More peripheral sites of stimulation are currently being evaluated. In a randomized crossover trial of sacral compared with pudendal stimulation, the pudendal implant was found to be superior to a sacral implant in 79% of the cohort.55 All patients had successful placement of the pudendal lead through a posterior approach and there was no difference in time to implantation when compared with the sacral lead.
Some members of the health care community have expressed concern regarding the cost of sacral nerve stimulation. In a retrospective review of patients receiving sacral nerve stimulation, health care utilization was determined for the year before and after implantation.56 The investigators found that sacral nerve stimulation was associated with a 92% reduction in outpatient physician visits, diagnostic and procedure costs along with a 30% reduction in drug expenditures. Dutch investigators modeled the cost of adding sacral nerve stimulation to the treatment algorithm for fecal incontinence and found that adding this therapy decreased cost and improved treatment success, resulting in higher quality-adjusted life-years.57 A recently published cost–consequence model predicted that, over a 15-year period, the per-patient cost of treatment with a rechargeable, as compared with a nonrechargeable, sacral nerve stimulation device would result in an estimated payer cost savings of $27,121.58 Adoption of a rechargeable sacral nerve stimulation device was projected to result in health care expenditure savings up to $12 billion.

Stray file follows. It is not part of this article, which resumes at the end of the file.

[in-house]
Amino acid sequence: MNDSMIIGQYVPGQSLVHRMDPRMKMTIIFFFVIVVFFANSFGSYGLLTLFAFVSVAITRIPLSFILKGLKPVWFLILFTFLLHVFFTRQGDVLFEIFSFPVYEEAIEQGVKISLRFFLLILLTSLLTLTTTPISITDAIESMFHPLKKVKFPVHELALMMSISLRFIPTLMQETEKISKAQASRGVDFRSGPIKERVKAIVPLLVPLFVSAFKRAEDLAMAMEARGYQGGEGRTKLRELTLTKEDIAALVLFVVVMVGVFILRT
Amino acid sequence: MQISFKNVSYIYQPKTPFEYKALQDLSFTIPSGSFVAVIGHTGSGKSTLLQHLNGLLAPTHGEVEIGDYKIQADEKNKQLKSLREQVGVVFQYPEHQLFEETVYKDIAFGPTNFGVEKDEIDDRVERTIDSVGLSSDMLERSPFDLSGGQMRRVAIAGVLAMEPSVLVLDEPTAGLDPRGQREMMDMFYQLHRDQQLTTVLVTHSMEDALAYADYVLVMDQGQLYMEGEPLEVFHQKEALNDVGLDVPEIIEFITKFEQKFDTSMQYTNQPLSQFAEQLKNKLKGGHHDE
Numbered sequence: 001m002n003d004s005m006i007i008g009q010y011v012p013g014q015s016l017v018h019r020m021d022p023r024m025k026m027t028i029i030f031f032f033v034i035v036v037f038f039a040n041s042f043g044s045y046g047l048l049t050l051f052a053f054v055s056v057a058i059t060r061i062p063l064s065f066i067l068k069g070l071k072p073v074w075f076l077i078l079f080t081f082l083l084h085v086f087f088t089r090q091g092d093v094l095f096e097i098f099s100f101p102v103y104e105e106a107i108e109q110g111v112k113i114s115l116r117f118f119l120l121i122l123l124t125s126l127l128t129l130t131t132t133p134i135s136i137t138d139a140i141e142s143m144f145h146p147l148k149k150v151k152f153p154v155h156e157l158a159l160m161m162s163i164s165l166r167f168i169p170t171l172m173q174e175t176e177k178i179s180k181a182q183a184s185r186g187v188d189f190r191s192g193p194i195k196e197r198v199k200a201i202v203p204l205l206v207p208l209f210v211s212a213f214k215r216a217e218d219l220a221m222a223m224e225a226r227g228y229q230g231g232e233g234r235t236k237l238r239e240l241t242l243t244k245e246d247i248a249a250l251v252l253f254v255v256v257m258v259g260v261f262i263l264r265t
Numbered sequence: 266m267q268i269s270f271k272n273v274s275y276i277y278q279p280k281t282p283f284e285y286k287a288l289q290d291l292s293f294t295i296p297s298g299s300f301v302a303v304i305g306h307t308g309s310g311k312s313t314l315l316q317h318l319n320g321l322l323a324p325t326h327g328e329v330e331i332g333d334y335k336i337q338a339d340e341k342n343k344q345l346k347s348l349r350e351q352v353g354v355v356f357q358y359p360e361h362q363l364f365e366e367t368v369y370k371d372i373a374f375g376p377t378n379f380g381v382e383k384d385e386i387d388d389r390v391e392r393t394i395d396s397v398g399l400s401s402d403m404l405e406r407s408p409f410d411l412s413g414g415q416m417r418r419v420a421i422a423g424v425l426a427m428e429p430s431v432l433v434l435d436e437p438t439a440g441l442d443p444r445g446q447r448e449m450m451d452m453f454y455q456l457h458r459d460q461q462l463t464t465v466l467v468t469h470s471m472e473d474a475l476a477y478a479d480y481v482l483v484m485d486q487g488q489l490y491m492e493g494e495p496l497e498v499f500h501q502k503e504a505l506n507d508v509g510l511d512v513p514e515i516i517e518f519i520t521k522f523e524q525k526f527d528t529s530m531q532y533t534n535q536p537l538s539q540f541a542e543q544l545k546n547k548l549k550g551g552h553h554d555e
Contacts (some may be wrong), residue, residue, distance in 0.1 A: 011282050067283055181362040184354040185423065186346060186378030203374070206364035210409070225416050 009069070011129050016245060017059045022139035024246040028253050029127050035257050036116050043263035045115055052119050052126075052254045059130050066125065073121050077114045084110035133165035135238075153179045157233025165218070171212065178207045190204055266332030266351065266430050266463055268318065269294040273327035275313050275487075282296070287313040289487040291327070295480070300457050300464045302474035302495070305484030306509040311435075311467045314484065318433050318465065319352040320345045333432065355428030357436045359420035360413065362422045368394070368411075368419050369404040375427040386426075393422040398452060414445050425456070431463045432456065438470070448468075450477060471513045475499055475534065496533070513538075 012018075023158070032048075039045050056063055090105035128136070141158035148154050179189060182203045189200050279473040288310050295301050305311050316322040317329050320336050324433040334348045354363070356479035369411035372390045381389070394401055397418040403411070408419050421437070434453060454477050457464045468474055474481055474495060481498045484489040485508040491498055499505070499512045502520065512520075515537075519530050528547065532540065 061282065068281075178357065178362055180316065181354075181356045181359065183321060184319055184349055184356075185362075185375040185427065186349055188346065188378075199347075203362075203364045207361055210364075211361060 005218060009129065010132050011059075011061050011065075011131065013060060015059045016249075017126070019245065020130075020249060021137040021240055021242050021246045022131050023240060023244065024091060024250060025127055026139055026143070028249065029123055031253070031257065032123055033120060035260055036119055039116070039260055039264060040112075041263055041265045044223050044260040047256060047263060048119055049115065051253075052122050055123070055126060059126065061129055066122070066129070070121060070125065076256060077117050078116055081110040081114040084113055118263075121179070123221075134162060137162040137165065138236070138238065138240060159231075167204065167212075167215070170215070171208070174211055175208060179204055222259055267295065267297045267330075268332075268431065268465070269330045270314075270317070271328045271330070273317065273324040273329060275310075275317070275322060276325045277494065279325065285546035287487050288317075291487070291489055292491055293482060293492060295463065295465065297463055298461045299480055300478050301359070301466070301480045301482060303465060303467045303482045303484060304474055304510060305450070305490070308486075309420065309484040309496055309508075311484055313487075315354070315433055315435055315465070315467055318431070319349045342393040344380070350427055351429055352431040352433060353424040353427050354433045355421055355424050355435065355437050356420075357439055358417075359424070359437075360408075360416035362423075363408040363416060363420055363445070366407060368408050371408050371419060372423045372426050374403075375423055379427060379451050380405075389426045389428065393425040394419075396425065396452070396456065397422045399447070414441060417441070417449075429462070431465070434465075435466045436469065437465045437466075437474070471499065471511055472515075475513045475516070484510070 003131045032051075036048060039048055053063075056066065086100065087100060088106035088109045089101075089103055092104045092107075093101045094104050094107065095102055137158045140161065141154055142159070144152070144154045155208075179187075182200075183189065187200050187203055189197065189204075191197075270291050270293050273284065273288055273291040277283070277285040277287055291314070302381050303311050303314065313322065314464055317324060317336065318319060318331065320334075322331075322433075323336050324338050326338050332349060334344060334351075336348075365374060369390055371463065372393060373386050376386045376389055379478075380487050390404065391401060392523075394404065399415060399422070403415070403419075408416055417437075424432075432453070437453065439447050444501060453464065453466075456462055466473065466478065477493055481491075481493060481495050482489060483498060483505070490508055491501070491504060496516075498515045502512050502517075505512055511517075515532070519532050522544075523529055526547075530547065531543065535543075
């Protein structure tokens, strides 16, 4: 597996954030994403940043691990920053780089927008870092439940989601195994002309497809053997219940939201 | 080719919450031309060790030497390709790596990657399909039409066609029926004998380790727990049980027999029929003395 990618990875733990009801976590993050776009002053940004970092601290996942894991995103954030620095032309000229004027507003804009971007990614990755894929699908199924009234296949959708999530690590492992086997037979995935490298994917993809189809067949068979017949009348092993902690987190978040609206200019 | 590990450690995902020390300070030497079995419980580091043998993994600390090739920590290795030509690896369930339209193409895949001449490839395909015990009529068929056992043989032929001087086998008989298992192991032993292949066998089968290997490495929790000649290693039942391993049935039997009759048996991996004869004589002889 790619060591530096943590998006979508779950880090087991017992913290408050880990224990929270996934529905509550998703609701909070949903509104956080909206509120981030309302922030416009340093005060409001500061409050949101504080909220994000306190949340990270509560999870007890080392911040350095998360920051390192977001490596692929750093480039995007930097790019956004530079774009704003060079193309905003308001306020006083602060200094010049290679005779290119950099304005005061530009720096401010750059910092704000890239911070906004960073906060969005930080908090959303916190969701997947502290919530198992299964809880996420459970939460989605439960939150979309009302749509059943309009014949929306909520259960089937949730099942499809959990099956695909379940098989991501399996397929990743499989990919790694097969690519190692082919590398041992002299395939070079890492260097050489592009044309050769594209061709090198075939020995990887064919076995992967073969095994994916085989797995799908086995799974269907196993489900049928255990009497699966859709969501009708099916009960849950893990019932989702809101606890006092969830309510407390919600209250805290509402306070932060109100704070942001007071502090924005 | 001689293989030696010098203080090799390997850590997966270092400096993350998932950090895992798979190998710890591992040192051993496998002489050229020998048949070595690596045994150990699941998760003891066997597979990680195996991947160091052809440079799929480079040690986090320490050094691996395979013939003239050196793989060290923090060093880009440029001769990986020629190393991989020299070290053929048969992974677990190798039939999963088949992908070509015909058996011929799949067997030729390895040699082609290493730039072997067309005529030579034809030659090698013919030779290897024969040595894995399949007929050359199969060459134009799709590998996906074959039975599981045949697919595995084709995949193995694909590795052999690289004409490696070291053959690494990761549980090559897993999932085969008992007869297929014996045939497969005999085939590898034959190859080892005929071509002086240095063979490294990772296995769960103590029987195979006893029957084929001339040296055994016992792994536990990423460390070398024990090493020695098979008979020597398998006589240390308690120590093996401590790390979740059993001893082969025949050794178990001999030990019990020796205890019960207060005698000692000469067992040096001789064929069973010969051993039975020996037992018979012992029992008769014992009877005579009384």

The advent of sacral nerve stimulation for the treatment of refractory voiding and bowel dysfunction has provided an effective and safe alternative therapy for patients for whom more conservative treatments have failed. Emerging research indicates that sacral nerve stimulation may be a future therapeutic option for patients with chronic pelvic pain and interstitial cystitis. As sacral nerve stimulation therapy continues to advance with the possible expansion to more direct sites of stimulation and widening therapeutic indications, more women with pelvic floor disorders may benefit from this effective, minimally invasive treatment option.